## Circle Sectors and Arcs

It can be useful to calculate the **area** and **arc length** of sectors of circles.

Make sure you are happy with the following topics before continuing:

– Circles

## Area of a Sector

\textcolor{blue}{\text{Area of a sector}} = \dfrac{\textcolor{limegreen}{x}}{360\degree} \times \textcolor{red}{\text{Area of full circle}}

Where \textcolor{limegreen}{x} is the angle of the sector.

\textcolor{red}{\text{area of the circle}} = \textcolor{red}{\pi r^2}

Calculating the area of the circle segment shown involves using the angle of the sector \textcolor{limegreen}{82\degree} and the radius \textcolor{red}{12} cm.

We apply these to the equation above:

\dfrac{\textcolor{limegreen}{82\degree}}{360\degree} \times \textcolor{red}{\pi \times 12^2} = 103.04 \text{ cm}^2

## Arc Length

The **arc length** is the length of the part of the circumference which is part of the circle segment. The equation for this is:

\textcolor{purple}{\text{Arc Length}} = \dfrac{\textcolor{limegreen}{x}}{360\degree} \times \textcolor{red}{\text{circumference of full circle}}

Where \textcolor{limegreen}{x} is the angle of the sector.

\textcolor{red}{\text{Circumference of the full circle}} = \textcolor{red}{\pi D}

We can calculate the arc length of the circle segment shown by using the angle of the sector \textcolor{limegreen}{118\degree} and the diameter 2 \times\textcolor{red}{9} = \textcolor{red}{18} cm.

Now we apply these to the equation above:

\dfrac{\textcolor{limegreen}{118\degree}}{360\degree} \times \textcolor{red}{\pi \times 18} = 18.54 cm

**Example 1: Area and Circumference**

The circle shown has centre C.

Find its **area** and **circumference** to 1 decimal place.

**[2 marks]**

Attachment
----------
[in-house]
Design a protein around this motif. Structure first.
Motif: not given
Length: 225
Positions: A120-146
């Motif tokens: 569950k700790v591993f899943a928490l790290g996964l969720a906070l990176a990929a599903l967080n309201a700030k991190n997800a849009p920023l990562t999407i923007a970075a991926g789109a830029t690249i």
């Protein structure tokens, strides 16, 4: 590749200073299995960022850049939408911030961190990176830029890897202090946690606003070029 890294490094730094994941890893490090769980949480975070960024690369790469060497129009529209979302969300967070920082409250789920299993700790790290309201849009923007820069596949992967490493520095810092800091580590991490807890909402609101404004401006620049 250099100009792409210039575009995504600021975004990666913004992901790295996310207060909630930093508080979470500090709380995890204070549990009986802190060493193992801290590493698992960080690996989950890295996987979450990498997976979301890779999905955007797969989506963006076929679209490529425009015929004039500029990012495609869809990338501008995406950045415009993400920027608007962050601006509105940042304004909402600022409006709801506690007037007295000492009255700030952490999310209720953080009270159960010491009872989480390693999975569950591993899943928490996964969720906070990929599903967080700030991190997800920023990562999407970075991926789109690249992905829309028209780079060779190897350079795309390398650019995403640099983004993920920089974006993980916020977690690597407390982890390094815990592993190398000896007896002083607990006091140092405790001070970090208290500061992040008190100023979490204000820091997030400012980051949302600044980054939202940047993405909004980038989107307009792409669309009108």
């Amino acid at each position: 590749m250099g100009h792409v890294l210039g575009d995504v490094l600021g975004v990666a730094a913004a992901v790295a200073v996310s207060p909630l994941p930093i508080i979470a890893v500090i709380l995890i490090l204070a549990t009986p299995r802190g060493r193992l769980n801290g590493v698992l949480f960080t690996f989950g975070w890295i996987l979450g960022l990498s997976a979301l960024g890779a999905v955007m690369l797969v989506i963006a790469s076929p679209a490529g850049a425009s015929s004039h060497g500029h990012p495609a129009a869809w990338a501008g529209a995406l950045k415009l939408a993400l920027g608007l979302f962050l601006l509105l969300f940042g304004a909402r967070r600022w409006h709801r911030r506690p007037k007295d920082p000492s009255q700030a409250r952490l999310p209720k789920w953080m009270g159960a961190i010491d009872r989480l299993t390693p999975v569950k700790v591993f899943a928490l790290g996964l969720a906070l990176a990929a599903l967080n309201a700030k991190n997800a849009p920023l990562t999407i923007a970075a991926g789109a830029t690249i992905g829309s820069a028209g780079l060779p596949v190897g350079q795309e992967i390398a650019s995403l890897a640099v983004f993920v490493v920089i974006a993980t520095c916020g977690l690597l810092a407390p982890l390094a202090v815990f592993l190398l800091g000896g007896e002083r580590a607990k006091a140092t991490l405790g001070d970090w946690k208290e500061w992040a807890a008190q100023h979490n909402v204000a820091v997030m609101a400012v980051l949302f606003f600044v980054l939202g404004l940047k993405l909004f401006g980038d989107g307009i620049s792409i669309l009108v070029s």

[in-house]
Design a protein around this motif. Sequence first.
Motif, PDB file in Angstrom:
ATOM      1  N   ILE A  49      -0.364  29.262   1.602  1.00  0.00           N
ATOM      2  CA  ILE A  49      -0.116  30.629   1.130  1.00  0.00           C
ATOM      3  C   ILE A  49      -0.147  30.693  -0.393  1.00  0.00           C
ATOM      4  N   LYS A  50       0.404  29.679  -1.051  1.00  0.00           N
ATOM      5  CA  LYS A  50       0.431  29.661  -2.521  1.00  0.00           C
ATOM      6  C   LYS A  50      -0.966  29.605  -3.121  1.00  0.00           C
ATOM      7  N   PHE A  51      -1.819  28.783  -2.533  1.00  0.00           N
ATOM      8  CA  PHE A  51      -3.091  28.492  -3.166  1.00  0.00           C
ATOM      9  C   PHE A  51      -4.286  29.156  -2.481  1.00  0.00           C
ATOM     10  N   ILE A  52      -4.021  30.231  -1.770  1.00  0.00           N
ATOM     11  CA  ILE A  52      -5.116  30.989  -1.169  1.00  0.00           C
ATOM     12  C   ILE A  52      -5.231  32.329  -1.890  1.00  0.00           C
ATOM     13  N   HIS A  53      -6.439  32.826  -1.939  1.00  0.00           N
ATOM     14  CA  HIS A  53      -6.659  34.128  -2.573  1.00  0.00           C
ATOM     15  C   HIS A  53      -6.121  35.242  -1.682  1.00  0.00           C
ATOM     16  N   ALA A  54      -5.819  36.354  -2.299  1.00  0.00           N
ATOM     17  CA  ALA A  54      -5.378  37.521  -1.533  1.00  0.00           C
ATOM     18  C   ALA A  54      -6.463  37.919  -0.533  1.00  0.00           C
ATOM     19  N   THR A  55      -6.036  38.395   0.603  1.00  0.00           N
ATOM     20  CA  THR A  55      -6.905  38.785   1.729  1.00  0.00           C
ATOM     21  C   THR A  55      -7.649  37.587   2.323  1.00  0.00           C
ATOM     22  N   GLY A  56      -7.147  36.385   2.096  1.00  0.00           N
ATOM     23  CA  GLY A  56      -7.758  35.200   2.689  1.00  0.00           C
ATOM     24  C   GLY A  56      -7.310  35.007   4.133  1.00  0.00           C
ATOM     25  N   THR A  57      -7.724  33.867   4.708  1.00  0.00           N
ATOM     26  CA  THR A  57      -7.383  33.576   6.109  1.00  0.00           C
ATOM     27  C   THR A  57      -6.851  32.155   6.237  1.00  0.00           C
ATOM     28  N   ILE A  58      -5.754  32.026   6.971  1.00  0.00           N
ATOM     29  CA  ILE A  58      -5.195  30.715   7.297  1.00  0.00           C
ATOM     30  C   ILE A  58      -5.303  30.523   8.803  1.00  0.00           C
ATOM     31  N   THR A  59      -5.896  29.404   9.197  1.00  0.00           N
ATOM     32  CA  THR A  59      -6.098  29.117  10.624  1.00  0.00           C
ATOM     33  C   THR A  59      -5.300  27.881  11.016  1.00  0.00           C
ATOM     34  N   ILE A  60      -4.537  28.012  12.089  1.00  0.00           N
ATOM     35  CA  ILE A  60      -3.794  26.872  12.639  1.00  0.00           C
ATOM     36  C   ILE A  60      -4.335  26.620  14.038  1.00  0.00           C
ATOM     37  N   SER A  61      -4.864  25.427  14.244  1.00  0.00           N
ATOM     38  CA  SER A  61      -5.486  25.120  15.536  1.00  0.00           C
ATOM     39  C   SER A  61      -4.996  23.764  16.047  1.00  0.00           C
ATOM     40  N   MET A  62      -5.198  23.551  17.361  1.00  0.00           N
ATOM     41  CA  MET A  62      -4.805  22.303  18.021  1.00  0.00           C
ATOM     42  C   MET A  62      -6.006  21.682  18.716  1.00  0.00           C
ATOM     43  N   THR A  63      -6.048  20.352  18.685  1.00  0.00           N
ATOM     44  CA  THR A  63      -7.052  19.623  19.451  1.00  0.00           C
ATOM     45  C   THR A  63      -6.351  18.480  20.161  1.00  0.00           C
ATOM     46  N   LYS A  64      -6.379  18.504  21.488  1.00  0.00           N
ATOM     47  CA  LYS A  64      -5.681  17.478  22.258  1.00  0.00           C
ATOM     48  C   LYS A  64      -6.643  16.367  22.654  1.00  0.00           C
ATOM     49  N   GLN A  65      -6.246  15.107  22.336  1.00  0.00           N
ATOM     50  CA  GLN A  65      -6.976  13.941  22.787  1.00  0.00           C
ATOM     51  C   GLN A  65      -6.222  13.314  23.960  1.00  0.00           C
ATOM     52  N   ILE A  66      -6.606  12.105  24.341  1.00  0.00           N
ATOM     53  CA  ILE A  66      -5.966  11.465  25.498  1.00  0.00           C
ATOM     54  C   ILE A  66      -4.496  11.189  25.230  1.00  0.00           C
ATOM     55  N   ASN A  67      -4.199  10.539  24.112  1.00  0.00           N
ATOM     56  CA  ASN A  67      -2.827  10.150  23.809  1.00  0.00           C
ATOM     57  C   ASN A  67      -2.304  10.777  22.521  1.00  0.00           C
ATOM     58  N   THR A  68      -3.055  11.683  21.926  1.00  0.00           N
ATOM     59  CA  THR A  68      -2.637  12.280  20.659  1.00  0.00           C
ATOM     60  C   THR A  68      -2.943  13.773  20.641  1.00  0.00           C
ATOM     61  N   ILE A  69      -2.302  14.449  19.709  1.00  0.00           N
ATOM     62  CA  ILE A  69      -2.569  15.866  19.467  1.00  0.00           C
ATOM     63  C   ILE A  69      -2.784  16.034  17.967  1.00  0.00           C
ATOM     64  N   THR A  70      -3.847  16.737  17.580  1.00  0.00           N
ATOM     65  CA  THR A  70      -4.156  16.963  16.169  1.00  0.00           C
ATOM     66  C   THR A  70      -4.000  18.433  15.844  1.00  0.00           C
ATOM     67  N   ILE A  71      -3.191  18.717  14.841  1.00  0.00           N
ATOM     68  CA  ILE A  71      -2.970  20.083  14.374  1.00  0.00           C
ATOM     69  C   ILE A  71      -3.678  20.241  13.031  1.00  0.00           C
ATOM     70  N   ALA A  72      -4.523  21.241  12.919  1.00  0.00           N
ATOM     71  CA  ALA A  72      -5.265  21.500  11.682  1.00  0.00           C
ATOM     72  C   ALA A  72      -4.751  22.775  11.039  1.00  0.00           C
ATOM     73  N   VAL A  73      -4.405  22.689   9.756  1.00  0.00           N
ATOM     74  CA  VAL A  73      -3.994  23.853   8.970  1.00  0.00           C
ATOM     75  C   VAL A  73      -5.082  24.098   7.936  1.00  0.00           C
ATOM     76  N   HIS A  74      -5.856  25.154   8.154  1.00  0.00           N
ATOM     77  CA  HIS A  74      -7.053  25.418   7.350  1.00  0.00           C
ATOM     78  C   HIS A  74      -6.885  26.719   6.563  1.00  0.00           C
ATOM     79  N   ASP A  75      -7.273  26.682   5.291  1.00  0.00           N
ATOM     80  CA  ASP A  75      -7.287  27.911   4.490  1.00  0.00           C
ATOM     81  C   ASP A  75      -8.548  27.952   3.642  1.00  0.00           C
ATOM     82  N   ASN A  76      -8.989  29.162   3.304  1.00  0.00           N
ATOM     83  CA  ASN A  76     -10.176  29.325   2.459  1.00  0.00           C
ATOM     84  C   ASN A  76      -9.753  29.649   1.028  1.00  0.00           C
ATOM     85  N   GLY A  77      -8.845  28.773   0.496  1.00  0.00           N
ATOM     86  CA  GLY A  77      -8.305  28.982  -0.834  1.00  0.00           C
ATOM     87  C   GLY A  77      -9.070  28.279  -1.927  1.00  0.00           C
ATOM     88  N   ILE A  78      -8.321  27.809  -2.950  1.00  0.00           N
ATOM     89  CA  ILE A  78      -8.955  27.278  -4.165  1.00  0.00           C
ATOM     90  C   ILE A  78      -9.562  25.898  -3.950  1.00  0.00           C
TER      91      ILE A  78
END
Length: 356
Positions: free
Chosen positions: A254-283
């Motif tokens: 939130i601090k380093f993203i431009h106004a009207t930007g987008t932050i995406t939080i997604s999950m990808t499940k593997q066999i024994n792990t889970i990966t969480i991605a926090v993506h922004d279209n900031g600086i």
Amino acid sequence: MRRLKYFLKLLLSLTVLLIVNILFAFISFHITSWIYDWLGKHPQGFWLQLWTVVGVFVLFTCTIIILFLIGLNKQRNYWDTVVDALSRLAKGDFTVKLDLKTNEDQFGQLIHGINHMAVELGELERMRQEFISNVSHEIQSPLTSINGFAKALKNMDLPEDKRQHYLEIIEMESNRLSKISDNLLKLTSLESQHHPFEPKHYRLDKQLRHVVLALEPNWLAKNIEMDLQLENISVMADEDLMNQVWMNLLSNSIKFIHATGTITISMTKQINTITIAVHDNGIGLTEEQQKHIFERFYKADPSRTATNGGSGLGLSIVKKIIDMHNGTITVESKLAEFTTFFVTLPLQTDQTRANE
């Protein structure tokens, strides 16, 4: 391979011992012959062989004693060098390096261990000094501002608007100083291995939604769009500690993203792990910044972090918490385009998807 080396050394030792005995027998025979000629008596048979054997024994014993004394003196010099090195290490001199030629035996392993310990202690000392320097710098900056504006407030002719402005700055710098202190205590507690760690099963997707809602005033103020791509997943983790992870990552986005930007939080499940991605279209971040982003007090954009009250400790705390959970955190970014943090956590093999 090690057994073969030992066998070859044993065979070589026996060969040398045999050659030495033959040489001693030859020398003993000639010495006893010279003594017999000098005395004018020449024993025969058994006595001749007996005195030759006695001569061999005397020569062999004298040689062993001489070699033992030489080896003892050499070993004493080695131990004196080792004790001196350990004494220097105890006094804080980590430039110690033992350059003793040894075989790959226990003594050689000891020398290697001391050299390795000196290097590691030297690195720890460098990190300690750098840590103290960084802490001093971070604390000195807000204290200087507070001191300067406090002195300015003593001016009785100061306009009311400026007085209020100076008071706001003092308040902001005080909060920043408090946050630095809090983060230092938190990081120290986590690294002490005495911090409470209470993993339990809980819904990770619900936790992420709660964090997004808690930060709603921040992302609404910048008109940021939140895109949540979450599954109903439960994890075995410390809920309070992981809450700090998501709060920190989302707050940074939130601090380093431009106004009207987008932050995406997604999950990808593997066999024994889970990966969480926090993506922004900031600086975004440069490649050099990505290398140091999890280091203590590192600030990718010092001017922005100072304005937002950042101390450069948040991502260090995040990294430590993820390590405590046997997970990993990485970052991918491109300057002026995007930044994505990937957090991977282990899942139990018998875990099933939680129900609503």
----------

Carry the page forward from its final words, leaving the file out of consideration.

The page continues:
As the line passes through the centre, we know it is a diameter of the circle. So:

**Circumference** = \pi d = \pi \times 42 = 131.9 \text{cm (1 dp)}

The diameter is twice the length of the radius, so the \text{radius } = 42 \div 2 = 21cm. So:

**Area of circle** = \pi r^2=\pi\times (21^2) = 1385.4\text{cm}^2\text{ (1 dp)}

**Note: **questions may ask you to “leave your answer in terms of \pi”, this means that the answer should be in the form of “something \times \pi”.

**Example 2: Sector Area & Arc Length**

The sector of a circle has centre C as shown.

Find the **area of the sector** and the **arc length** to 1 decimal place.

**[2 marks]**

The angle is 120 \degree, which means that this sector is \frac{120}{360} as a fraction of the whole circle.

So, we get:

\textcolor{blue}{\text{Sector Area}} = \dfrac{120}{360} \times \pi \times 8^2

= 67.0\text{ cm}^2 (1 dp)

\textcolor{purple}{\text{Arc Length}} = \dfrac{120}{360} \times \pi \times 2 \times 8

= 16.8\text{ cm} (1 dp)

### Take an Online Exam

#### Circle Sector, Segments and Arcs Online Exam

### Example Questions

**Question 1:** The diagram shows a circle with centre C.

The diameter of the circle is 5.24 cm.

Calculate the area of the circle.

Give your answer to 3 significant figures.

**[2 marks]**

The formula for the area of a circle is \pi r^2. In this question we are given the diameter rather than the radius. Given that the diameter is twice the length of the radius: